LTPB: Can you talk a little bit about the visual evolution of Walkies? As you got to know the characters, how did your illustrations evolve?

EL: I usually have a very cartoony style and for this book, I really wanted to simplify the characters to a more graphic and also tactile approach. I wanted their expressions to continue to read well, but for their shapes and colors to shine more for this story. This is because I would like to show I can work in this different style, and to have a story theme that is a little more serious than the books I usually work on (which I’m very grateful to do so). All three characters came out quite easily onto the paper, which is unusual for me. I usually try to draw different variations to see what works best, but for Walkies it felt like I knew exactly what I wanted to draw. It was harder for me to work on the backgrounds with a different style to my usual, I tried but did not enjoy the process at all, so I tried to just adapt my own background style to a more painterly one.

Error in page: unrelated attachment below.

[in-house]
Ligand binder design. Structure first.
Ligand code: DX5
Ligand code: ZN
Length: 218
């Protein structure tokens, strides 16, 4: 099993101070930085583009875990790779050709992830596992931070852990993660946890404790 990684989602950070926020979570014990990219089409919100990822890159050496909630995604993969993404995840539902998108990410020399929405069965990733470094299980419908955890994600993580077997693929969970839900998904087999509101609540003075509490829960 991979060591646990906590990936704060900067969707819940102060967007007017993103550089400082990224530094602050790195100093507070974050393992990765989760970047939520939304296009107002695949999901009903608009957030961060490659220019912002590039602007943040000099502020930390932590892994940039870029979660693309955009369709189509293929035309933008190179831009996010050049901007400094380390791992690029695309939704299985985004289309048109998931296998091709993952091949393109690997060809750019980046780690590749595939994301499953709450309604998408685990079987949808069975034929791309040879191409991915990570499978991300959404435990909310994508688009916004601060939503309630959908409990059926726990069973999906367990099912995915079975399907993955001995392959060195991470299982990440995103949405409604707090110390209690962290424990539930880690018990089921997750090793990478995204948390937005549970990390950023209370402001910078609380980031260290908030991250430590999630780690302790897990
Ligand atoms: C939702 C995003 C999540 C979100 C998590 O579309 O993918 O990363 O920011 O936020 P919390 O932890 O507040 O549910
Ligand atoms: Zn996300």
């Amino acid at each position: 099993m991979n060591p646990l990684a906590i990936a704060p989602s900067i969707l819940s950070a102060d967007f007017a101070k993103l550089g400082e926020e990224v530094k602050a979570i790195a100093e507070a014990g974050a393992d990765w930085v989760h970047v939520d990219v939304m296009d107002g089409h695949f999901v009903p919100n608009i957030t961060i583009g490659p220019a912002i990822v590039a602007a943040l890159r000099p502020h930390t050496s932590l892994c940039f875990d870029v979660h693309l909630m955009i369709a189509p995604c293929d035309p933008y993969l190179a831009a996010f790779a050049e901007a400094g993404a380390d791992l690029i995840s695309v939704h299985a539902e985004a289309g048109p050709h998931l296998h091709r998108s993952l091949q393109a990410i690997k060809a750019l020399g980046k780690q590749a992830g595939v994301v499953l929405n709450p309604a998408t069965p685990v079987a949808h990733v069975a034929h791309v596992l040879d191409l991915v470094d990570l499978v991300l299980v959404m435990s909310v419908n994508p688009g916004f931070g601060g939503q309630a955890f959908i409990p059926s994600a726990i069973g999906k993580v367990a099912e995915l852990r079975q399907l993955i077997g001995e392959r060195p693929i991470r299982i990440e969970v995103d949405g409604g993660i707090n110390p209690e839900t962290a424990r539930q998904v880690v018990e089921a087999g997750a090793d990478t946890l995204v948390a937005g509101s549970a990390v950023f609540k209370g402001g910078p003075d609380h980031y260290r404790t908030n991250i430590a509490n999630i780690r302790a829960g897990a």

LTPB: What did you find most difficult in creating this book? What did you find most rewarding?

EL: I always struggle to try and tell a story from a child’s point of view. I still feel like a very new writer and I’m so grateful to have gotten Walkies out into the world. But the most difficult part was to make my story more relatable to my main audience, which is so important when trying to write picture books. My main character used to have a main conflict which was more in the adult realm, and my ending was a little off the main theme so I’m very thankful to my critique group, my agent, my editor and art director who were instrumental in helping me make this book the best it could be. The most rewarding part was to draw entirely for fun and with no pressure. I really wanted to experiment with layouts and page turns that would work for the story, but that at the same time, were purely fun to draw! I really enjoyed the whole process, from the experimental thumbnails to the final painterly art.